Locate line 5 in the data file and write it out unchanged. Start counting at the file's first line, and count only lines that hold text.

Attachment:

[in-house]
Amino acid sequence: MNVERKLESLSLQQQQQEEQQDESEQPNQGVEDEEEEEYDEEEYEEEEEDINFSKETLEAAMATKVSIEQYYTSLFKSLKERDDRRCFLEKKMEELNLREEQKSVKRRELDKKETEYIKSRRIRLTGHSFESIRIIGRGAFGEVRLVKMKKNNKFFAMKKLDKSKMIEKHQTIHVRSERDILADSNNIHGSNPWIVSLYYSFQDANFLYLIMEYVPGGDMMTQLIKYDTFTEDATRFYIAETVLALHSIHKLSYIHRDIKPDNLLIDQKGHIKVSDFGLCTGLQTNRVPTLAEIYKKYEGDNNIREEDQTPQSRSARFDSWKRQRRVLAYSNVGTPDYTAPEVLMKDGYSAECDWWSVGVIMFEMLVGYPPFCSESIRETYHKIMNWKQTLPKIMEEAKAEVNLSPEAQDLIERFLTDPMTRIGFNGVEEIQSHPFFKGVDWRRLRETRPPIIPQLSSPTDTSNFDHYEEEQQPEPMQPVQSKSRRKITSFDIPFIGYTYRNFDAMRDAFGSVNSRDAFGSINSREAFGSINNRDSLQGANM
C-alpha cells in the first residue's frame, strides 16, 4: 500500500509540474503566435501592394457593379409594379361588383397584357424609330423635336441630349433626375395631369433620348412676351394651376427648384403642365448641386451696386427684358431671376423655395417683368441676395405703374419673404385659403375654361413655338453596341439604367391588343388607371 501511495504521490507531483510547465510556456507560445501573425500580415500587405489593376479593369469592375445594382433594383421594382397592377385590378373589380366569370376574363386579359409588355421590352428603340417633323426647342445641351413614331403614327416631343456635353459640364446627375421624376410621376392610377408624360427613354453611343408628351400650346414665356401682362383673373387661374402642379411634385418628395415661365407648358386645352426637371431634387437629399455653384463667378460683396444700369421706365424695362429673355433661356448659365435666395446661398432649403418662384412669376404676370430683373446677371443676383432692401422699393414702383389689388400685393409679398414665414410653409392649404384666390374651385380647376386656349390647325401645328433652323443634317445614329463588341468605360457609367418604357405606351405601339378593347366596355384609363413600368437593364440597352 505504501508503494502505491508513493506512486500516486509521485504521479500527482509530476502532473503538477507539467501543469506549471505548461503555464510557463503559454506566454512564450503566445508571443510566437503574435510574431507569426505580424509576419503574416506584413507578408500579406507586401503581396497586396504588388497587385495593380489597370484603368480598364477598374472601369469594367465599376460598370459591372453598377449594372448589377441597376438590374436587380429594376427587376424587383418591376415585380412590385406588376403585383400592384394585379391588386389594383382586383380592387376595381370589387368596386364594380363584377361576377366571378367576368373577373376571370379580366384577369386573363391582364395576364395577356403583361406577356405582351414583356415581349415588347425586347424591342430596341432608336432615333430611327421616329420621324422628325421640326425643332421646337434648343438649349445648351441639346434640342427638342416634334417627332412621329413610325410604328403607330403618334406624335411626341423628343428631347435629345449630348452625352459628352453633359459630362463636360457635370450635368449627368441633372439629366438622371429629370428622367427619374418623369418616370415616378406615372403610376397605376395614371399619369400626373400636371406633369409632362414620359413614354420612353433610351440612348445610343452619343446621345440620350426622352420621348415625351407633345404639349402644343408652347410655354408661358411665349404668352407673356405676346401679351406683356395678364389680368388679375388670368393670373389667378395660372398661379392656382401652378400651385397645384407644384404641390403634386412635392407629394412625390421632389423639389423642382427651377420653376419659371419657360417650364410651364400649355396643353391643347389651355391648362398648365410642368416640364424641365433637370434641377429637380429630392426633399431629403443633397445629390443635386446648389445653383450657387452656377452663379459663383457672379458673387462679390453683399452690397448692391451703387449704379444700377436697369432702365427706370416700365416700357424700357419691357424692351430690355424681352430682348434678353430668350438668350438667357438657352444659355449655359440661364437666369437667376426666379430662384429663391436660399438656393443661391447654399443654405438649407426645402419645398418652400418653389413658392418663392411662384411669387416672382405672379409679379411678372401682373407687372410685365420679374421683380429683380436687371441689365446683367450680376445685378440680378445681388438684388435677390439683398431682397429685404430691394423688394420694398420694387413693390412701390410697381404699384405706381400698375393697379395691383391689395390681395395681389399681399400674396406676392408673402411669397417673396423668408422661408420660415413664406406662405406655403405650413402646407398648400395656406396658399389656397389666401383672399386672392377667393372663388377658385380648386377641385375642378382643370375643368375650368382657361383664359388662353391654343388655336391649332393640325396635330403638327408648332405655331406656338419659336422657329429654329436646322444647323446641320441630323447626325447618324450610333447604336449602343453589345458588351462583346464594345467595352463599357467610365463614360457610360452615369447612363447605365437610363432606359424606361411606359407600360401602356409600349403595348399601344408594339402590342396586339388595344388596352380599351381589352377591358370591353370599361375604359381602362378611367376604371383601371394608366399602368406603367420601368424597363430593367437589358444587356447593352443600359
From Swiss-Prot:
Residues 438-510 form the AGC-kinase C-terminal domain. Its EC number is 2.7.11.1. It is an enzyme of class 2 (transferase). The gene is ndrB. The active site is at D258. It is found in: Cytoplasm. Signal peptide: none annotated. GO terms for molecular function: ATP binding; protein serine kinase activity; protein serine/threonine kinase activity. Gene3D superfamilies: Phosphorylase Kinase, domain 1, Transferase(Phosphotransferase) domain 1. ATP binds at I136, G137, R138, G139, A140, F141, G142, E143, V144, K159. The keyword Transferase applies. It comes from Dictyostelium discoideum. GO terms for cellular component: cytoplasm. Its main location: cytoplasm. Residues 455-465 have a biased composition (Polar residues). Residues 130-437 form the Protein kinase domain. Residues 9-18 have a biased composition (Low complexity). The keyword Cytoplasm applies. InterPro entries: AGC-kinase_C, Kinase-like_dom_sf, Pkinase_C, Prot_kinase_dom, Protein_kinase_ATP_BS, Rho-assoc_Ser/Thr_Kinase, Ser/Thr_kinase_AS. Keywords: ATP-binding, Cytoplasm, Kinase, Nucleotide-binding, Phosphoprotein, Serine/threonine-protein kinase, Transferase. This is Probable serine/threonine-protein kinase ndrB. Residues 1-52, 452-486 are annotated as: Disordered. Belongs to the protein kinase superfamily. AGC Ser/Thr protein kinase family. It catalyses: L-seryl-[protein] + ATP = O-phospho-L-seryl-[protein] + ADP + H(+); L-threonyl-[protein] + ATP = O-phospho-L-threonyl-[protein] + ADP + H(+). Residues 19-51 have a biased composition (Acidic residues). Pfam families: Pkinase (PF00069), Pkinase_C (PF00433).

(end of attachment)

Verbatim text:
Residues 438-510 form the AGC-kinase C-terminal domain. Its EC number is 2.7.11.1. It is an enzyme of class 2 (transferase). The gene is ndrB. The active site is at D258. It is found in: Cytoplasm. Signal peptide: none annotated. GO terms for molecular function: ATP binding; protein serine kinase activity; protein serine/threonine kinase activity. Gene3D superfamilies: Phosphorylase Kinase, domain 1, Transferase(Phosphotransferase) domain 1. ATP binds at I136, G137, R138, G139, A140, F141, G142, E143, V144, K159. The keyword Transferase applies. It comes from Dictyostelium discoideum. GO terms for cellular component: cytoplasm. Its main location: cytoplasm. Residues 455-465 have a biased composition (Polar residues). Residues 130-437 form the Protein kinase domain. Residues 9-18 have a biased composition (Low complexity). The keyword Cytoplasm applies. InterPro entries: AGC-kinase_C, Kinase-like_dom_sf, Pkinase_C, Prot_kinase_dom, Protein_kinase_ATP_BS, Rho-assoc_Ser/Thr_Kinase, Ser/Thr_kinase_AS. Keywords: ATP-binding, Cytoplasm, Kinase, Nucleotide-binding, Phosphoprotein, Serine/threonine-protein kinase, Transferase. This is Probable serine/threonine-protein kinase ndrB. Residues 1-52, 452-486 are annotated as: Disordered. Belongs to the protein kinase superfamily. AGC Ser/Thr protein kinase family. It catalyses: L-seryl-[protein] + ATP = O-phospho-L-seryl-[protein] + ADP + H(+); L-threonyl-[protein] + ATP = O-phospho-L-threonyl-[protein] + ADP + H(+). Residues 19-51 have a biased composition (Acidic residues). Pfam families: Pkinase (PF00069), Pkinase_C (PF00433).